This paper develops extensive new data on the legal independence of new central banks in 26 former socialist economies (FSE).This data is constructed using the codification system for measuring legal independence developed in Cukierman, Webb and Neyapti (1992) and in chapter 19 of Cukierman (1992).This makes it comparable with earlier data on central bank independence (CBI) in the industrial democracies and in, non FSE, developing countries and permits experimentation with alternative indices of CBI like those reviewed in Eijffinger and van Keulen (1995).The new indices of independence indicate that central bank (CB) reform in the FSE during the nineties has been quite ambitious.In spite of the large price shocks induced by the transformation from plan to market, reformers in those countries chose to create central banks with levels of legal independence that are substantially higher, on average, than those of developed economies during the eighties.Based on data from 1989 through 1998 the evidence in the paper suggests that CBI is unrelated to inflation during the early stages of liberalization.But for sufficiently high and sustained levels of liberalization, and controlling for variables like price decontrols and wars, legal CBI and inflation are significantly and negatively related.These findings are consistent with the view that legal CBI, no matter how high, cannot contain the powerful inflationary impact of wide scale liberalization of formerly controlled prices.But once the process of liberalization has gathered sufficient momentum legal independence becomes effective in slowing inflation down and the cumulative liberalization index developed by de Melo et. al.(1996) becomes relatively less important.The paper also presents evidence on factors that affect the level of CBI and examines the relation between inflation and CBI within a broader sample composed of the transition and of the developed economies.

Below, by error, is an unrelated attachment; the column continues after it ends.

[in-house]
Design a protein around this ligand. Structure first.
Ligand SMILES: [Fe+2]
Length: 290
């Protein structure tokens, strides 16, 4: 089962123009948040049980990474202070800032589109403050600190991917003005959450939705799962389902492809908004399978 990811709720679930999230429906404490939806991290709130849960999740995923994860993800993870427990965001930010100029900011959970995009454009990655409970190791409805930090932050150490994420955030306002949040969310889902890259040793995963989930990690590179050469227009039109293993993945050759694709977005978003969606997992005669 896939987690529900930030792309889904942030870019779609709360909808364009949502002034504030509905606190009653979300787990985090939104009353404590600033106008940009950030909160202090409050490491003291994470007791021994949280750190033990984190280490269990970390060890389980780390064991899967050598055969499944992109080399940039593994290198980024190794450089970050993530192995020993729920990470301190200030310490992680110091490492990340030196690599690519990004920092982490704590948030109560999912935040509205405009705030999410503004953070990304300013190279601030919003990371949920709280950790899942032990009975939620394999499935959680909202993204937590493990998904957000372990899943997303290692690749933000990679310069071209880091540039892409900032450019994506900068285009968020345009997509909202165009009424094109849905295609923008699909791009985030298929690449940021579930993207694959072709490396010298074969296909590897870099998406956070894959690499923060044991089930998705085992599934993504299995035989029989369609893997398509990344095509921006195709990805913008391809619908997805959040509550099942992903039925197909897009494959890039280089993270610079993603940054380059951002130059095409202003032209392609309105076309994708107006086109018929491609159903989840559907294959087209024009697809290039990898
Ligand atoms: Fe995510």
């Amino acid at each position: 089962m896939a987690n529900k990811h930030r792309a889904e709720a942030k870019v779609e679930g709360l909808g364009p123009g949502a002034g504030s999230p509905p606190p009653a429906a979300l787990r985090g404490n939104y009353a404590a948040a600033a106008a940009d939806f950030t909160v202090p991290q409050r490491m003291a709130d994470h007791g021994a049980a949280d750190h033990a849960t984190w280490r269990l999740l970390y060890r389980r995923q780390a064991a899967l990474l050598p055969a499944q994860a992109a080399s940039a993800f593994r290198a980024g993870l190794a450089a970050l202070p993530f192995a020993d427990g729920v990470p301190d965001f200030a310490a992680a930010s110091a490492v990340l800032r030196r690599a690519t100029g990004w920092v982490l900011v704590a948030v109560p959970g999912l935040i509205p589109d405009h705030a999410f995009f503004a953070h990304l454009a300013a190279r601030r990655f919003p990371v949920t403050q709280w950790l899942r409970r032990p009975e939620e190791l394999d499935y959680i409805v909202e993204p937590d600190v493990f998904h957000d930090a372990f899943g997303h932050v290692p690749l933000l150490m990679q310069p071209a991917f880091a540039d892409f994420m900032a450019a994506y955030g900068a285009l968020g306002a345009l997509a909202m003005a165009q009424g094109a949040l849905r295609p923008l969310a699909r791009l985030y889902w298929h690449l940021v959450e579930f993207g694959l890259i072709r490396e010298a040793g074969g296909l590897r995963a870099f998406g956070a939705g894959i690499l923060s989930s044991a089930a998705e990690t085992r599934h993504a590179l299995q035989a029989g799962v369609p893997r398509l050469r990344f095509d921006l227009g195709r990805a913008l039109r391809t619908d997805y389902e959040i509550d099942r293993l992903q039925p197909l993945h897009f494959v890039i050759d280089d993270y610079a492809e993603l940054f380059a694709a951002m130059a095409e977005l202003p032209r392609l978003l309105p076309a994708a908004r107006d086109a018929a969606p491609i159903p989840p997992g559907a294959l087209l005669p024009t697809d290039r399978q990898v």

|Place of Publication||Tilburg|
|Number of pages||38|
|Publication status||Published - 2000|
|Name||CentER Discussion Paper|
- central banks
- economic reform